SR: Then verity, which is the quality or tradition of being true. Thanks for two new words.
KC: You've certainly done your homework and that's exciting for me.

SR: I'm happy to have found your music. Somewhere I read that you believe that music is a gift and crisis is a way of life. I like that. You can take that both a situation and as a band.
KC: As a band and personally, as a way of life. I'm always having these personal crisis problems. Our way of life. Our guitar player, Afzaal gave up a $40K a year salary to go on the road with the music. That's a big adjustment for him even though he has had bands before. To sacrafice his comfort of living to take on a less tangible dream was quite a change for him. For me, I have always done what I had to do to support my art. Gia was a student and a classical trombone player. We all met through common friends. We went from "maybe" to writing and rehearsing, then to playing and now the band is our whole life. We're always involved in doing something for the band whether it's working on the artwork or the performance.

SR: Everyone has found a new way of life. Talk to me about "Mechanical Man." Almost all the other songs stand out to me as being of a different flavor than this one.
KC: Definitely. It was a strange of the newer tunes that came after Deathshead material. It's a song that Norman was jamming on with us. We've played this song live for a while now. I was in a transistion lyrically and I didn't know how to fit in with this song. The song is about two different things. The song starts off saying I need and it's never ending. The song is mostly about needs and not being able to communicate correctly. Maybe it would be easier if I could communicate like a machine. When you feel really isolated you think who am I really?

SR: We all stumble with communications.
KC: I've never been one to lean of vices. At that point in the song I just wanted to be like everyone else.

SR: I've known so many people who are always being "found out." That the world will eventually know who you really are, no talent, no substance. That we're not who we say we are. I always think about Janis. She didn't think anybody listened to her music and that she really had no talent. Of course, we all worshiped her.
KC: I know. We still miss her. It's wonderful that you brought her name into the conversation. When I first met the guys in the band I was reading a book on her life. They all said that I was the band's little Janis Joplin. For me it was kinda sad but also a great honor because she was such a great performer.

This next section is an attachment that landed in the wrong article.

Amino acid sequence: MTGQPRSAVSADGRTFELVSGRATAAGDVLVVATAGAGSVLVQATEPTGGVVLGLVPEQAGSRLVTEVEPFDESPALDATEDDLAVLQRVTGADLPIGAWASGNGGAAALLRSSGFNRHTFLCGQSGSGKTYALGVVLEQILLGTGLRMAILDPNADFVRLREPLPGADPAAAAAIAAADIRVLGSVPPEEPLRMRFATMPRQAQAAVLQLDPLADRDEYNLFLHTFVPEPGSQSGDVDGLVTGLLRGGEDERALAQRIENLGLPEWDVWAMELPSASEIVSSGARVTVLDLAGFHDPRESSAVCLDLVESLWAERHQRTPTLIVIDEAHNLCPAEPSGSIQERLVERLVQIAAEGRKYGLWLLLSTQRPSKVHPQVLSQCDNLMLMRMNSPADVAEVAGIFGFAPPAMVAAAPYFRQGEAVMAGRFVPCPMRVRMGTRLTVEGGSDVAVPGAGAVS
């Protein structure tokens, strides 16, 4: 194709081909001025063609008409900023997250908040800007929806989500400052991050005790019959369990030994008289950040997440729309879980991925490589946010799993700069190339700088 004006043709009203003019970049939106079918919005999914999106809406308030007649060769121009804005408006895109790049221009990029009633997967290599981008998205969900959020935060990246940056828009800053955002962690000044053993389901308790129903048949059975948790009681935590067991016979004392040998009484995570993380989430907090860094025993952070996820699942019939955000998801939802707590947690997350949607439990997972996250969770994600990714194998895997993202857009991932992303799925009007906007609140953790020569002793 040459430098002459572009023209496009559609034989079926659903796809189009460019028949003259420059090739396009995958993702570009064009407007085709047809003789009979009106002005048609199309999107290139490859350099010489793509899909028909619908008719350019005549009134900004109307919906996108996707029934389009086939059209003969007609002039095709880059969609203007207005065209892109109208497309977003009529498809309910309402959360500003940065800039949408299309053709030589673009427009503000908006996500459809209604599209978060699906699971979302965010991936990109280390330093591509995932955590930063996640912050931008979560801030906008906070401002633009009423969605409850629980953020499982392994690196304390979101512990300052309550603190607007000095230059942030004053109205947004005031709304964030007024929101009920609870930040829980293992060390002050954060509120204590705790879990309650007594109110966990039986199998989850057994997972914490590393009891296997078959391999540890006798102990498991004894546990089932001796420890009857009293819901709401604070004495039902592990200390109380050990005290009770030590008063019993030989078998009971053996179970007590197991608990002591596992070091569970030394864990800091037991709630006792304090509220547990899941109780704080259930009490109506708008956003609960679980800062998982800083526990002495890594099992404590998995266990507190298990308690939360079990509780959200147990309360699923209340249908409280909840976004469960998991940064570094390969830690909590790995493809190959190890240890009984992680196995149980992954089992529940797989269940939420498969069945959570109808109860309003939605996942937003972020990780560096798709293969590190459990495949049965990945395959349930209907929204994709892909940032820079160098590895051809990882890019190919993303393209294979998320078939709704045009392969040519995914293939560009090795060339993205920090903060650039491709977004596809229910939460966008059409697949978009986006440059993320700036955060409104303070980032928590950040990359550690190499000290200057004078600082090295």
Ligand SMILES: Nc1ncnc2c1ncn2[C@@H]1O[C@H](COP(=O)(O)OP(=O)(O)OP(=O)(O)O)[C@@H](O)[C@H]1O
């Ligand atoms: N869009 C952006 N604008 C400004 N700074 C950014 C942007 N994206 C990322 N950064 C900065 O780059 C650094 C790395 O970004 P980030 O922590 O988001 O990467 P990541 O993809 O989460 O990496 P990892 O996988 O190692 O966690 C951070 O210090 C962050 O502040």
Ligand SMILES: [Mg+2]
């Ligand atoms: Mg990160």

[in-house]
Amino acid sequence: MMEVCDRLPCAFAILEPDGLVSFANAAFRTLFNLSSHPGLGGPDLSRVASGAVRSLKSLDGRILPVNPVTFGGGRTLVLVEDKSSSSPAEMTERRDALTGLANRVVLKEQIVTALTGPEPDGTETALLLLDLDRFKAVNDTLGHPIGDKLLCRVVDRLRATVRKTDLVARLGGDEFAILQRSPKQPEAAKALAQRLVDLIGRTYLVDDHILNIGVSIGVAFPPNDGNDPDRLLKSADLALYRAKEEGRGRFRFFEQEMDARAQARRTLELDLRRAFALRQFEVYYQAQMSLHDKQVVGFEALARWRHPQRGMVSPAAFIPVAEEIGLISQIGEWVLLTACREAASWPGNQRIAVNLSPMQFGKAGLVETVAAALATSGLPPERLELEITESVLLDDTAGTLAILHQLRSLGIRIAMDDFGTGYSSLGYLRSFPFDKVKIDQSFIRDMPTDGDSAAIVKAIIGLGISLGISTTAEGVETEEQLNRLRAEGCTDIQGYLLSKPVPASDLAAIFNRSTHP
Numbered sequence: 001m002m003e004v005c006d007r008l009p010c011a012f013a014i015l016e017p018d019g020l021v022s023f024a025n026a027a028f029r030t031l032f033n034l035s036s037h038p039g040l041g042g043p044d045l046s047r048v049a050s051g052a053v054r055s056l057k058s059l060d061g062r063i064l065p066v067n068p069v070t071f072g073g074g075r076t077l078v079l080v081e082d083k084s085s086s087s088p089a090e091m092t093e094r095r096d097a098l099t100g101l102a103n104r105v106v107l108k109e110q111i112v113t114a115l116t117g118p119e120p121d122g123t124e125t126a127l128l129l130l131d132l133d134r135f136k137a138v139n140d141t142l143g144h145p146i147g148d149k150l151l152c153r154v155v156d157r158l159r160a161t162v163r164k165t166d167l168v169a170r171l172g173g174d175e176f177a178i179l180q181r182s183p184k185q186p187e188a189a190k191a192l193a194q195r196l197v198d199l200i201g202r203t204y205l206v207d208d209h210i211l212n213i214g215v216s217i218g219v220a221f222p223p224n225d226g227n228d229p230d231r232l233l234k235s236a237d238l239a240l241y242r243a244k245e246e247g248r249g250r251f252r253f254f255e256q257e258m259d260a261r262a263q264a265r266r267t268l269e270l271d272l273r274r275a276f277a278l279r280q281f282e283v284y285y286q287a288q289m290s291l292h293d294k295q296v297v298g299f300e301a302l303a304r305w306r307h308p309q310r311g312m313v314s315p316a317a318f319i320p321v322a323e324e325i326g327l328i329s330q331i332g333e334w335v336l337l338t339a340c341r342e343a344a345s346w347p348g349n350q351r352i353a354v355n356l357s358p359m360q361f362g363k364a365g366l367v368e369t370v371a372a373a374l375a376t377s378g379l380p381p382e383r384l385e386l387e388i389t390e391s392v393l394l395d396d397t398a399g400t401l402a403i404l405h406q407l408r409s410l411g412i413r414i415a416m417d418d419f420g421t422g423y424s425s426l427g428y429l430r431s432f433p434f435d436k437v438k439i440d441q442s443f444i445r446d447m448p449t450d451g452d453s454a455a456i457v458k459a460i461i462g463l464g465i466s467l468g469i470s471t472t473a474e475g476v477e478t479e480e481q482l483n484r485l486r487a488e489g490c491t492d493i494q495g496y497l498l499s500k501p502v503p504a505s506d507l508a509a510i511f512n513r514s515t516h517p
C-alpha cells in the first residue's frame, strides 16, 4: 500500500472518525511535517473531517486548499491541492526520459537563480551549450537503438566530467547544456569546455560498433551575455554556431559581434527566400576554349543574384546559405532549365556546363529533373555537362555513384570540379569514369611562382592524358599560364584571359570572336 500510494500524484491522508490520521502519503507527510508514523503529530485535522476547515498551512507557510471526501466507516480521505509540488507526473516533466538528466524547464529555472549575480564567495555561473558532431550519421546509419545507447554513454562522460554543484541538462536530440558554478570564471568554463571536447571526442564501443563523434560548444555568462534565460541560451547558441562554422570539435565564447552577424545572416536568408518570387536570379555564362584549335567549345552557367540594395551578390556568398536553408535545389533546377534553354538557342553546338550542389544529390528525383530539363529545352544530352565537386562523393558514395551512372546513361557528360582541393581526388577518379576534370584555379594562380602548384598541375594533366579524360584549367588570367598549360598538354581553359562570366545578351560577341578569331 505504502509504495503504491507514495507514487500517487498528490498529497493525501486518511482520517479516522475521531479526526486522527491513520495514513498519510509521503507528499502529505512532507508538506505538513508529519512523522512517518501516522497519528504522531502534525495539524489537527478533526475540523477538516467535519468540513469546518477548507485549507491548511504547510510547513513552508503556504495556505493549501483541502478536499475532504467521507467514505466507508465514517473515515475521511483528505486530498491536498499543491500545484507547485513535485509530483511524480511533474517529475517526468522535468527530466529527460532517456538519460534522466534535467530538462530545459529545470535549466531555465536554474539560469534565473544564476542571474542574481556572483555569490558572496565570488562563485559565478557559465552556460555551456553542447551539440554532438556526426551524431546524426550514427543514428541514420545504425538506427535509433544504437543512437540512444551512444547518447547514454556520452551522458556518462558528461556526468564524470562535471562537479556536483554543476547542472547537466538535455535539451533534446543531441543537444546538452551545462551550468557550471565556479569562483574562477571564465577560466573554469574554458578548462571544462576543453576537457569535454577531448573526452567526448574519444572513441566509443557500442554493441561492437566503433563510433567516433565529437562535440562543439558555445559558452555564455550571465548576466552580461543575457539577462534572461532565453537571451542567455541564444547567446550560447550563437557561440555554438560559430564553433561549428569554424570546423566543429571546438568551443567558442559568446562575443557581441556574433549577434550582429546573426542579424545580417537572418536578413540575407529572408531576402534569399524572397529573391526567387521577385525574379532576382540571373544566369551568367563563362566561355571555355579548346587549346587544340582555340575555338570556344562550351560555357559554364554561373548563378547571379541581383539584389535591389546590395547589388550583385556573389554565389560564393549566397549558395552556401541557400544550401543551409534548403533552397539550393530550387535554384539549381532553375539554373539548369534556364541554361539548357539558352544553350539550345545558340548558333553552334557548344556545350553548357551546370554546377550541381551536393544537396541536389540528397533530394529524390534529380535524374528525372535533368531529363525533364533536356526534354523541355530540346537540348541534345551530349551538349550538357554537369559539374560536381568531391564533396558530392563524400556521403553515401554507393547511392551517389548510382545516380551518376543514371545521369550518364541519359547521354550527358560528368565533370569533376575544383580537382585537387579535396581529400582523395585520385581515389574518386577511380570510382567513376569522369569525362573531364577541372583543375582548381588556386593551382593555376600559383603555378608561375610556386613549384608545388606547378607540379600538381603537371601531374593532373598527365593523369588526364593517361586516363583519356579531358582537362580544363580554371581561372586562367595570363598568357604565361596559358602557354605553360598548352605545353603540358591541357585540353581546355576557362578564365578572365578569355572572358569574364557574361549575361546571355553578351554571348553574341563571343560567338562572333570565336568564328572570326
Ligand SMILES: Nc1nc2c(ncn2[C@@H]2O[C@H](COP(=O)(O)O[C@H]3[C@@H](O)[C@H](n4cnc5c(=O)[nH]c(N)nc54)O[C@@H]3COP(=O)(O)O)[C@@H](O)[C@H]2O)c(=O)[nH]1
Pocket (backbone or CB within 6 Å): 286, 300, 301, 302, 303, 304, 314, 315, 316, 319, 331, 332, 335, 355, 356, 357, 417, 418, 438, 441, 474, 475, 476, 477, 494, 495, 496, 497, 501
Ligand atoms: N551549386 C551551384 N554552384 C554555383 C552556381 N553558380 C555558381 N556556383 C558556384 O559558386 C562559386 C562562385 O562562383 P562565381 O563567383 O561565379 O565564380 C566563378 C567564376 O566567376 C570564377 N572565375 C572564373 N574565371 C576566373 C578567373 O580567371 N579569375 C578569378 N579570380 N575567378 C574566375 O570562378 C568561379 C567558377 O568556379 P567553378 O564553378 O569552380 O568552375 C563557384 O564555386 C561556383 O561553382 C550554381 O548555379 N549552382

SR: I've got an amazing photograph of her over my fireplace. It's about 5 feet something. It's the only picture that shows the bracelet tattoo on her left hand. I've looked for this for many years so I can have one just like it.
KC: Right. That's a great story.

SR: The movie with Melissa Etheridge playing Janis is in the works. Laura Joplin, Janis's sister, doesn't want her to do the part. I don't understand why now? I've heard Melissa sing Janis tunes and she brought me to tears.
KC: I didn't know any of this news.

SR: "After The Flood" the instrumental clocking in at 2.48
KC: That was a happening. I wasn't there when it happened because when we were writing and recording I separated myself from the pack. Emotionally, I was in a diffeent place. All the drummers brought all these crazy instruments they had laying around at home. The drum room was a huge concrete room and the sound was immense. Jamming took place one night late when these crazy musicians were just jamming out. It came out as one organic song.

SR: They say that you have to always know how to leave the stage gracefully...once you're through. The album ends gracefully to me. It's a funny bit with Fred on the phone. It's on one of those hidden track sort of things with the extra stuff around 6+ minutes.
KC: We didn't have that title until the very end. It sounded like an uplifting song. We went from a dark period in the band to coming to finding the light again at the end. We're really really funny people even though we take our music very seriously.

SR: What's the story on your "graphic novel."
KC: It was supposed to be out a whole year ago. It has grown and I'm still trying to find someone to publish it. It's full color. The artwork is very similar to our very first album. It's ink drawn and about 45-50 pages.

SR: Call Hank.
KC: Call who?

SR: Call Henry Rollins. He has a very successful publishing house in Los Angeles. He can help you.
KC: You mean about my comic book? Grand idea. I'll look into it.

SR: What's the tour information?
KC: We just returned from a 10-country tour of Europe. It was fantastic. We didn't know what to expect because the scene over there has much more separation in the bands they like. In Europe hardcore means New York hardcore. We don't fit in that niche as well as we do metal. We won em' over every night, and we sold out of merch not even half way through the tour. It was really exciting and a lot better than we expected. It was a hard tour because some of the bands didn't get along well. We're eager to return. Now it looks like we'll be starting a south, southwest, left coast tour with Stuck Mojo. We're waiting for a confirmation.

SR: I like those guys. Say hello to them for me. Traveling with men is just the worst thing. I don't know how you ladies put up with their sniveling asses.
KC: (laughing) Yep, you're right on about that.

SR: Thanks for your time kiddo. I'll look forward to seeing you live in '98.
KC: I've enjoyed the whole thing. Thanks.